Scooter wrote on June 11th, 2009
    • for frozen meats & other “chunky” things, you can use aluminum foil or butcher/freezer paper. That’s easy to write on with a Sharpie as to what’s inside. As to freezing soups & stews, you could use Pyrex-type containers – just avoid over-filling so as not to cause them to burst. Check with manufacture to be sure. And I wouldn’t go staight from freezer to oven with that either!

      Peggy wrote on June 11th, 2009
    • Scooter —

      What are you trying to store in the freezer? Liquids or solids?

      Pyrex or any other glass–Ball canning jars, etc.–work fine for solid items like chopped vegetables, nuts, meats, bones, etc. So do stainless steel containers, like these from the Tickle Trunk, as long as you don’t mind the inconvenience of having to label everything.

      Liquids are trickier. The potential problem with freezing liquid items in glass containers is that the liquid expands while the glass won’t, thus cracking the container. I’ve killed way too many canning jars of bone broth that way! The trick is to avoid extreme changes in temperature, and leave space in the appropriate container for expansion.

      So if you’ve got something warm and liquid (bone broth, soups, Primal chili, stews, etc.) that you want to freeze, make sure you get it as cold as possible in the fridge first. The right kind of glass containers for the freezer will always be straight-sided; use a square Pyrex dish or a straight-sided jar (as opposed to one with a curved neck like this) so whatever you freeze will be able to slip out easily. Always leave a couple of inches at the top for expansion. Thaw in the refrigerator; never run a glass jar out of the freezer under hot water.

      Another trick for liquids (juices and stocks, not the chunky stuff like stews) or purees of any kind is using an ice cube tray and then transferring the cubes to a glass container. You can use a plastic one, but these old-fashioned stainless steel kind are a lot more fun to use, in addition to being non-leaching and safe for warm liquids.

      Personally, I don’t worry much about plastics in the freezer unless I’m storing something really acidic. After all, the entire interior of the freezer is lined with plastic. I’m more concerned about heat reactions when it comes to plastic and food.

      Also useful if you really want to keep your frozen cuts of meat away from touching *any* plastic is using silicone-coated parchment paper, then wrapping with any regular heavy-duty freezer paper. It all depends on how plastic-phobic you want to get. :)

      Hope some of these suggestions help!

      Gigi @ Girl Eats Bacon wrote on June 11th, 2009
      • I used to think freezing in plastic was okay, until I started thinking about the self-defrosting feature. There is something involved in the whole self-defrosting proceedure that is not friendly to plastics. Otherwise, why would the frozen veggie bags start to smell so bad after just a short stay in my freezer?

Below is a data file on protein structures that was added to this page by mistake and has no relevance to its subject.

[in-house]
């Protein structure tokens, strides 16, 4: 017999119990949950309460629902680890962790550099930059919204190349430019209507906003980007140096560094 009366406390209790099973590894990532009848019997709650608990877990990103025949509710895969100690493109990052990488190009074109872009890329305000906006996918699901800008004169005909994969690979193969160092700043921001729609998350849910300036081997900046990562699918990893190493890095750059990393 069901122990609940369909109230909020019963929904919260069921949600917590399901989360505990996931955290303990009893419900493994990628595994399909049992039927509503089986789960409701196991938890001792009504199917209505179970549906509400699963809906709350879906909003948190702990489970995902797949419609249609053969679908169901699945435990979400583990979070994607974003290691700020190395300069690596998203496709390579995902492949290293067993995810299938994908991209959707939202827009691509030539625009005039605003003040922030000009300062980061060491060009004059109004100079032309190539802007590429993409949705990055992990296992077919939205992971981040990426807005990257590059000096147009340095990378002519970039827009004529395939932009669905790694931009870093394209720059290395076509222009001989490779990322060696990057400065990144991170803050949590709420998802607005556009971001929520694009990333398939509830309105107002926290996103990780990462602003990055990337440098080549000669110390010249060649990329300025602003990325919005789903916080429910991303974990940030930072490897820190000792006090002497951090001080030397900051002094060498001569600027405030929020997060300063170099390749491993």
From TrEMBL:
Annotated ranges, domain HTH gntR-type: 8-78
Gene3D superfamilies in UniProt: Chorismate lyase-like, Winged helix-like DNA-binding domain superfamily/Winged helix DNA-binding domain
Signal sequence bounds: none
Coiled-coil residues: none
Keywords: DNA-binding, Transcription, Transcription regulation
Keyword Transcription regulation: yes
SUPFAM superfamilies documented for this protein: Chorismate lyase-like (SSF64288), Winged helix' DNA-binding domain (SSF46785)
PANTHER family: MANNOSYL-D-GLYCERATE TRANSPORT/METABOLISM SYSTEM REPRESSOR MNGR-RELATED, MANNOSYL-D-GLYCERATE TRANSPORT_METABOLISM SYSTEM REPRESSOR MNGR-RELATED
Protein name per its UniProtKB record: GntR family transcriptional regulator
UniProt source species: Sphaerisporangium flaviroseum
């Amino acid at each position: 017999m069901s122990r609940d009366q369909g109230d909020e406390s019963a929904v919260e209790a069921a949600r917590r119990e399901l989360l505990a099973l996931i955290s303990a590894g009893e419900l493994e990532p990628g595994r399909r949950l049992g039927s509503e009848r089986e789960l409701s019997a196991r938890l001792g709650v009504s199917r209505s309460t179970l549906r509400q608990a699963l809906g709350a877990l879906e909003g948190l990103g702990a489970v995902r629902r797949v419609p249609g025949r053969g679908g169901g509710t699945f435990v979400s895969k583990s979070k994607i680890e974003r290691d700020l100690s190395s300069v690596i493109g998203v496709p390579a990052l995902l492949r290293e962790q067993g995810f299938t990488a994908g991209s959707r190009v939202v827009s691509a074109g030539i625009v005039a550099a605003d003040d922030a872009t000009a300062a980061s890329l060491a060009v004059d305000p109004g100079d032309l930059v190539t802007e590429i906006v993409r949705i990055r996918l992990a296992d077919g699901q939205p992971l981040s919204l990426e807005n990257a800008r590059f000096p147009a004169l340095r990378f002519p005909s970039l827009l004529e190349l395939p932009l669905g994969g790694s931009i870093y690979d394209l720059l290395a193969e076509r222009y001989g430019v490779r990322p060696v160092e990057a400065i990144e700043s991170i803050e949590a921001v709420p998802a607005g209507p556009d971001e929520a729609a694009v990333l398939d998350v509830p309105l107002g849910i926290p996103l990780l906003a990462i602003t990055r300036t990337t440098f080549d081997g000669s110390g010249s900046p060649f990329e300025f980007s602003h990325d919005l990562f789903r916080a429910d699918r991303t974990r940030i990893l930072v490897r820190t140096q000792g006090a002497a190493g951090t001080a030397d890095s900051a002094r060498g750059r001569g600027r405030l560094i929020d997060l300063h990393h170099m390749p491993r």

SuziSunshine wrote on December 28th, 2011
  5. Mark I just switched to drinking out of a Nalgene bottle. I didn’t do any research yet besides what a ‘hippie’ friend told me.

    What do you use? How about aluminum?

    Berto at PricePlow wrote on June 11th, 2009
  6. I can taste the difference between milk that comes in plastic, and milk from glass. Too bad milk in glass bottles is so hard to find, it is worth the extra cost. (The same goes for soda, but I rarely touch the stuff anyway)

    You can find stainless lunch box containers from various sources if you look for them.

    Henry Miller wrote on June 11th, 2009
    • If you have a farmer’s market near you or a farm that sells raw milk, they will often have milk in glass. It seems to be making a comeback, at least in the above mentioned venues and some cities that appreciate better farms (Colorado Springs, Knoxville Tennessee that I know of). And I’ve found milk in glass at Trader Joe’s, MOM’s Organic Market and similar grocery stores in the DC/NoVA area.

      Jordan Atkins wrote on July 11th, 2013
  7. I use gallon ziplocs for marinating.
    Not too worried as log AS THE FOOD IS COLD. Heat and plastic i just don’t trust. Good rule to follow is to not put left overs in plastic containers when the food is still hot or warm.

    Marc

    Marc Feel Good Eating wrote on June 11th, 2009
  8. Anyone here own a camel pack?

    I just got one yesterday for my birthday. This one is from Walmart, made in China, and frankly I am a bit skeptical of the plastic bladder used to hold the water.

    Should I keep it? Great for hikes, but health wise, I got to do what I got to do, you know?

    Wyatt wrote on June 11th, 2009
  9. For dry or refrigerated items I store as much as I can in glass Ball (canning) jars, things like nuts and seeds and left over soup and stew or berries and cherries.

    They come in a variety of sizes and are usually less expensive than Pyrex for the amount you get. Extra lids can be purchased when needed.